Brands are a 'Snow Show' in Social

Heathrow Snow

Watching the crowds at Heathrow and St Pancras waiting for planes and trains respectively got me thinking about the way brands communicate when there’s something wrong. In each case, the news was filled with disgruntled passengers bad mouthing their chosen travel companies, frequently because of the lack of information that they had been given.

A quick read of the free commuter newspaper I read at the time mentioned Lufthansa complaint lines that don’t work, rude Eurostar staff, empty British Airways information desks and a general feeling of despair at BAA’s Heathrow airport. As I fell asleep one night before Christmas, BBC news informed me of a disastrous Southeastern train journey which took 6 hours to get from London to Kent and left 100 people stuck until 3am. The fact I remembered these details hours later is a sign that I will be less trusting of those brands and firms next time I may need to use them.

In this day and age there is no longer any excuse for not having an information feed direct from your organisation, unless you really are involved in a government cover-up.

Websites, email, SMS, Twitter, Facebook… the list of possible contact points for many of those helpless, stranded, weather victims is now almost unbelievable, yet it seems as if the snow paralysed not only the roads outside but also the information highway.

The funny thing is, a clear, honest, up to date online news feed could also very easily be used by those self-same evasive members of staff who never seem to know what’s going on in the organisations they work for. Can you imagine BA staff showing users how to follow the Twitter feed for all the London-New York flights, to get free SMS updates? In one fell swoop you would clear a vast chunk of constant questions while leaving staff free to help those who were not just asking the same 50 or so FAQs. Not only that, but good brand sentiment travels just as fast as bad – as BA travellers at airports, homes and offices around the world would tell their peers they are being kept up to date via BA Twitter for all their enquiries. This would generate long-tail conversions to the BA brand, as next time they think of booking a ticket they would remember the good things they heard about BA last time.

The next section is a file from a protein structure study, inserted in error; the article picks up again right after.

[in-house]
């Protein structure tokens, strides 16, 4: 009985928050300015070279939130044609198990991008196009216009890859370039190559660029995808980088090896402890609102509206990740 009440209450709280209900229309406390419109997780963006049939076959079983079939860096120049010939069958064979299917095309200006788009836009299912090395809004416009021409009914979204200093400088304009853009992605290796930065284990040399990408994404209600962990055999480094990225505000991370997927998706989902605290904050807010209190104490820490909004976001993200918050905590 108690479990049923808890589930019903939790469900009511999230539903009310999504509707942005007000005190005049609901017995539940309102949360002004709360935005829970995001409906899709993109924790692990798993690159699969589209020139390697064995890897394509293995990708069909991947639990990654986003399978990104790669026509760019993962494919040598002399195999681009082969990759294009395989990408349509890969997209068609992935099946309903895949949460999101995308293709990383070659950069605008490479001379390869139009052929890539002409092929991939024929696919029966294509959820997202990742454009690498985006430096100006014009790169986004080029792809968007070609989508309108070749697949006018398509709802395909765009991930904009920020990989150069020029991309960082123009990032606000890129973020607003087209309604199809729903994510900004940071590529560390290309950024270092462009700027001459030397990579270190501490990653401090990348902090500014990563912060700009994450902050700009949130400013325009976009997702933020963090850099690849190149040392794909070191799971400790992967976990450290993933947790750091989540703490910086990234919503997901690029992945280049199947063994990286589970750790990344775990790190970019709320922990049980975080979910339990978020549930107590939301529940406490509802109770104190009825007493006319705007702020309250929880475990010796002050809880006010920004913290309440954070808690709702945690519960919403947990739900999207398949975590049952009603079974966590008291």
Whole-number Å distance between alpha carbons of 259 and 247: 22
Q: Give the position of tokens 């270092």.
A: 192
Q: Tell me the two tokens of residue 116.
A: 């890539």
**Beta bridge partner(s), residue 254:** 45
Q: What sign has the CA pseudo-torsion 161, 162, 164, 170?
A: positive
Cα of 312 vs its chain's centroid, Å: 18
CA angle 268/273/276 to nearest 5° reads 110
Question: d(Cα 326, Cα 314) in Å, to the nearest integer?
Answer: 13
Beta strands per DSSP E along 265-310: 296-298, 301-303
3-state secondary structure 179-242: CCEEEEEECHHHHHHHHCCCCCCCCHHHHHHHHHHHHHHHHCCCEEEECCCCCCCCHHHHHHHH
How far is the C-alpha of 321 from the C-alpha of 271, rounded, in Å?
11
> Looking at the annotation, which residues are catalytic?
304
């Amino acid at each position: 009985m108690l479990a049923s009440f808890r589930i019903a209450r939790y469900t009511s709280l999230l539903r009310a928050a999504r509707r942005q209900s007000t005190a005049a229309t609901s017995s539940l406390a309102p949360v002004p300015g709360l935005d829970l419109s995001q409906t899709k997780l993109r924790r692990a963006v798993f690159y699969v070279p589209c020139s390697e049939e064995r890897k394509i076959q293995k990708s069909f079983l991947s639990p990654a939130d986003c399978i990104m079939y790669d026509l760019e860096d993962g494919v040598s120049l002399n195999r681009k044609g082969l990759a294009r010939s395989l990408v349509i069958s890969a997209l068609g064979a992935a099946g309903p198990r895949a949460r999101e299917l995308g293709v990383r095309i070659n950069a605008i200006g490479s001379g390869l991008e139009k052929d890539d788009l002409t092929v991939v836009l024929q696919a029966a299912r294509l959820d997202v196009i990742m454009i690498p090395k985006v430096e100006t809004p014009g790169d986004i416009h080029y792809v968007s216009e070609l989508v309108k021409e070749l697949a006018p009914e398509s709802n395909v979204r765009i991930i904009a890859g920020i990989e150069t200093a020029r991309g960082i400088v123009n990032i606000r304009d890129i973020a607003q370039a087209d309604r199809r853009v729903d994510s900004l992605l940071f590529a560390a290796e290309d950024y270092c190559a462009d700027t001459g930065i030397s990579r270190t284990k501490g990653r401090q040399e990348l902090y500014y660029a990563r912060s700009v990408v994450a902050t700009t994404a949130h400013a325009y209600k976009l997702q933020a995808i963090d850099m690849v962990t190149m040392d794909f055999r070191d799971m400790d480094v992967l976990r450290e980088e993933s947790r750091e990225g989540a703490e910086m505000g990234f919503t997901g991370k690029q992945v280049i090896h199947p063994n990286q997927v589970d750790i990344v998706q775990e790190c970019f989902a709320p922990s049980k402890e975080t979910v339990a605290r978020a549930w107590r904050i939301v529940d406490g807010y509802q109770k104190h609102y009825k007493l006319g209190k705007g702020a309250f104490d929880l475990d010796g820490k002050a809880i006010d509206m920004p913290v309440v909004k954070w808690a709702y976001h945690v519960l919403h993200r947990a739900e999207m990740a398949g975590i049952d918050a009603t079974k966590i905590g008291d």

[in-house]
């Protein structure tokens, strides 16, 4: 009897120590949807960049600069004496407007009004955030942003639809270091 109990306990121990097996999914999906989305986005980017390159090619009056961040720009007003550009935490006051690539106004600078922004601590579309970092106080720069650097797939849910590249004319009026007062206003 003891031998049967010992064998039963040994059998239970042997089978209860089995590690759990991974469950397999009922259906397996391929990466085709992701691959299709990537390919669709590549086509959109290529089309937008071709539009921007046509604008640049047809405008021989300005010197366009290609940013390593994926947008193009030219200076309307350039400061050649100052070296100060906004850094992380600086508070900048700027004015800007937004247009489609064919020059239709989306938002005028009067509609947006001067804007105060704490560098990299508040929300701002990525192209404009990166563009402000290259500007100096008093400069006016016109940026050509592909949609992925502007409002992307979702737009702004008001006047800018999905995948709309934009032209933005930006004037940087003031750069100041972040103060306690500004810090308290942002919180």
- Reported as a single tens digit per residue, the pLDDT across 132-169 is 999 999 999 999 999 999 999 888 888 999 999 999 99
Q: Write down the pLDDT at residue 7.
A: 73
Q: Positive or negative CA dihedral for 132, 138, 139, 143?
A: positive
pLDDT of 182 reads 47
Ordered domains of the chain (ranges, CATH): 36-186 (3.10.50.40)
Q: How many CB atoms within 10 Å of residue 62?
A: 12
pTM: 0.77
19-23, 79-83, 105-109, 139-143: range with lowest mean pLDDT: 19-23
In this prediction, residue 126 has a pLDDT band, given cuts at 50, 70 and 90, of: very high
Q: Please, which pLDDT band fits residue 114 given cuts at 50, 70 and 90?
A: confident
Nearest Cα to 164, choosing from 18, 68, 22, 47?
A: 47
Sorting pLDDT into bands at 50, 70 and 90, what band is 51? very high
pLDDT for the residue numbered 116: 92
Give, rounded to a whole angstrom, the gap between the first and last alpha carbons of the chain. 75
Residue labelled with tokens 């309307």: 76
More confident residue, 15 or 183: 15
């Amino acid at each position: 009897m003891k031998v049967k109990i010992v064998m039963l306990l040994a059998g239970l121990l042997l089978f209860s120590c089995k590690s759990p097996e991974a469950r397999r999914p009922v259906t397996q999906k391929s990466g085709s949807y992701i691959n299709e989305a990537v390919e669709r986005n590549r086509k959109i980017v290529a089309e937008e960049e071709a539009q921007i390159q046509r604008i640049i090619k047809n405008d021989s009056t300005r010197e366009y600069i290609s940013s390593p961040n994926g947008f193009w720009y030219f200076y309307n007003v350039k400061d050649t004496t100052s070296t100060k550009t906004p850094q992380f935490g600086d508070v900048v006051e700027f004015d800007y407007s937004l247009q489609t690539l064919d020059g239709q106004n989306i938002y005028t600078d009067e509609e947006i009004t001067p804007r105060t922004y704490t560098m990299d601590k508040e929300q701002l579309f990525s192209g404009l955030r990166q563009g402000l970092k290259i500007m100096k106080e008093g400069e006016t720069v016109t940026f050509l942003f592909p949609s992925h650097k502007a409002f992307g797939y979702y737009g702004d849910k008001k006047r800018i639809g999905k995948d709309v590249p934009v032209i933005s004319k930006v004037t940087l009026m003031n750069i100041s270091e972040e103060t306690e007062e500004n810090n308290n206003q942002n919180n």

It’s easy to be communicative when you have something to sell or something to crow about. But if you really want to help your customers, build relationships with them and keep them loyal, then why not try being more communicative when you have a problem?

Photo (cc) Chris Wegg.